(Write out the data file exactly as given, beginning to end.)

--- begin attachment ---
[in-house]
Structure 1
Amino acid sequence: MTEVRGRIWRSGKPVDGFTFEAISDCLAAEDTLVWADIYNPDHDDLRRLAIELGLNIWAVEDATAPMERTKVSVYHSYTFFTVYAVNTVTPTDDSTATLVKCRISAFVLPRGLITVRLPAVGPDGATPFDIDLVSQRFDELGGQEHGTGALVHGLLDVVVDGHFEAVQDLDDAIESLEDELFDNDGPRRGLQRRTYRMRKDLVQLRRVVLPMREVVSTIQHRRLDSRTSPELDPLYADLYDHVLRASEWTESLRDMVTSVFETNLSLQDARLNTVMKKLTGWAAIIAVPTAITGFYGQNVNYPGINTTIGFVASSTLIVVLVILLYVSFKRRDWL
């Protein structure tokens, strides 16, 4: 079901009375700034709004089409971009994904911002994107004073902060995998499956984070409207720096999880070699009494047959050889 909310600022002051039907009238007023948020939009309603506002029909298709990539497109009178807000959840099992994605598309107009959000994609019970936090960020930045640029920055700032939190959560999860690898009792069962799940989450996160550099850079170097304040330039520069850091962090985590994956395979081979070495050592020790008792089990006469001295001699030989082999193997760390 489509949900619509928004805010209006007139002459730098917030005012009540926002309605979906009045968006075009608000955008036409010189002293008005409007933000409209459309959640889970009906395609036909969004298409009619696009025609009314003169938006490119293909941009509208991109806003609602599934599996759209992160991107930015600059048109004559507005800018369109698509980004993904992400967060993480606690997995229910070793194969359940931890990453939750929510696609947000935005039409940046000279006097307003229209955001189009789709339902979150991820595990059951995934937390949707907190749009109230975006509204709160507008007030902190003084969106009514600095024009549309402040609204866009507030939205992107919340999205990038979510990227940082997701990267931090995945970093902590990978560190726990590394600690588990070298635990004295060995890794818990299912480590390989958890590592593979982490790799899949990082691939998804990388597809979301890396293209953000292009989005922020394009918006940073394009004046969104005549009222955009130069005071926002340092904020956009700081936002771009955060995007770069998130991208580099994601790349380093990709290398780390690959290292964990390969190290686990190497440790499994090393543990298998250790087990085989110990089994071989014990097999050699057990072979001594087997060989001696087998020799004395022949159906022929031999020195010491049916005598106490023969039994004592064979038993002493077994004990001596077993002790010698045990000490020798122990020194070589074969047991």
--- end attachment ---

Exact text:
[in-house]
Structure 1
Amino acid sequence: MTEVRGRIWRSGKPVDGFTFEAISDCLAAEDTLVWADIYNPDHDDLRRLAIELGLNIWAVEDATAPMERTKVSVYHSYTFFTVYAVNTVTPTDDSTATLVKCRISAFVLPRGLITVRLPAVGPDGATPFDIDLVSQRFDELGGQEHGTGALVHGLLDVVVDGHFEAVQDLDDAIESLEDELFDNDGPRRGLQRRTYRMRKDLVQLRRVVLPMREVVSTIQHRRLDSRTSPELDPLYADLYDHVLRASEWTESLRDMVTSVFETNLSLQDARLNTVMKKLTGWAAIIAVPTAITGFYGQNVNYPGINTTIGFVASSTLIVVLVILLYVSFKRRDWL
């Protein structure tokens, strides 16, 4: 079901009375700034709004089409971009994904911002994107004073902060995998499956984070409207720096999880070699009494047959050889 909310600022002051039907009238007023948020939009309603506002029909298709990539497109009178807000959840099992994605598309107009959000994609019970936090960020930045640029920055700032939190959560999860690898009792069962799940989450996160550099850079170097304040330039520069850091962090985590994956395979081979070495050592020790008792089990006469001295001699030989082999193997760390 489509949900619509928004805010209006007139002459730098917030005012009540926002309605979906009045968006075009608000955008036409010189002293008005409007933000409209459309959640889970009906395609036909969004298409009619696009025609009314003169938006490119293909941009509208991109806003609602599934599996759209992160991107930015600059048109004559507005800018369109698509980004993904992400967060993480606690997995229910070793194969359940931890990453939750929510696609947000935005039409940046000279006097307003229209955001189009789709339902979150991820595990059951995934937390949707907190749009109230975006509204709160507008007030902190003084969106009514600095024009549309402040609204866009507030939205992107919340999205990038979510990227940082997701990267931090995945970093902590990978560190726990590394600690588990070298635990004295060995890794818990299912480590390989958890590592593979982490790799899949990082691939998804990388597809979301890396293209953000292009989005922020394009918006940073394009004046969104005549009222955009130069005071926002340092904020956009700081936002771009955060995007770069998130991208580099994601790349380093990709290398780390690959290292964990390969190290686990190497440790499994090393543990298998250790087990085989110990089994071989014990097999050699057990072979001594087997060989001696087998020799004395022949159906022929031999020195010491049916005598106490023969039994004592064979038993002493077994004990001596077993002790010698045990000490020798122990020194070589074969047991």